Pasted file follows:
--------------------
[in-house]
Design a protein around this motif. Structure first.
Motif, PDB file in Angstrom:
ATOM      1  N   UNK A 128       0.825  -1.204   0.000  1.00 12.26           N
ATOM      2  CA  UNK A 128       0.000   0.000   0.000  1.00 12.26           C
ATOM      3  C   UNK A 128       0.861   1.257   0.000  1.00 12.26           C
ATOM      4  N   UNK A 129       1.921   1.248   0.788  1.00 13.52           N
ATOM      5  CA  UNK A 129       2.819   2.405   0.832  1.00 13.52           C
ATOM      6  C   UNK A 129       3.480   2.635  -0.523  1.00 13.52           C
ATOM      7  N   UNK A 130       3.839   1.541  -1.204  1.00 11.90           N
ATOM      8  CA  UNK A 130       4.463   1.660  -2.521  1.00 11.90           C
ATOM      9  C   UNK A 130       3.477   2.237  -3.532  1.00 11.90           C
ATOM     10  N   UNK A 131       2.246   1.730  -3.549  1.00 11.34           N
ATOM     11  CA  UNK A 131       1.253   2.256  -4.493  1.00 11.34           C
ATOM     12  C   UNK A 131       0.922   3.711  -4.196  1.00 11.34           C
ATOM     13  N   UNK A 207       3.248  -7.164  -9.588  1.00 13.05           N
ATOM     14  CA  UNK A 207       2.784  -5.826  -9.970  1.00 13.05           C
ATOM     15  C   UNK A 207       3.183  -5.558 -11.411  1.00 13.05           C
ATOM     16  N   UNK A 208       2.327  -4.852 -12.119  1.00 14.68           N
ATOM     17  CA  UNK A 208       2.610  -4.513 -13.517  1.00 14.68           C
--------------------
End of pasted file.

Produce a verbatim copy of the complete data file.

[in-house]
Design a protein around this motif. Structure first.
Motif, PDB file in Angstrom:
ATOM      1  N   UNK A 128       0.825  -1.204   0.000  1.00 12.26           N
ATOM      2  CA  UNK A 128       0.000   0.000   0.000  1.00 12.26           C
ATOM      3  C   UNK A 128       0.861   1.257   0.000  1.00 12.26           C
ATOM      4  N   UNK A 129       1.921   1.248   0.788  1.00 13.52           N
ATOM      5  CA  UNK A 129       2.819   2.405   0.832  1.00 13.52           C
ATOM      6  C   UNK A 129       3.480   2.635  -0.523  1.00 13.52           C
ATOM      7  N   UNK A 130       3.839   1.541  -1.204  1.00 11.90           N
ATOM      8  CA  UNK A 130       4.463   1.660  -2.521  1.00 11.90           C
ATOM      9  C   UNK A 130       3.477   2.237  -3.532  1.00 11.90           C
ATOM     10  N   UNK A 131       2.246   1.730  -3.549  1.00 11.34           N
ATOM     11  CA  UNK A 131       1.253   2.256  -4.493  1.00 11.34           C
ATOM     12  C   UNK A 131       0.922   3.711  -4.196  1.00 11.34           C
ATOM     13  N   UNK A 207       3.248  -7.164  -9.588  1.00 13.05           N
ATOM     14  CA  UNK A 207       2.784  -5.826  -9.970  1.00 13.05           C
ATOM     15  C   UNK A 207       3.183  -5.558 -11.411  1.00 13.05           C
ATOM     16  N   UNK A 208       2.327  -4.852 -12.119  1.00 14.68           N
ATOM     17  CA  UNK A 208       2.610  -4.513 -13.517  1.00 14.68           C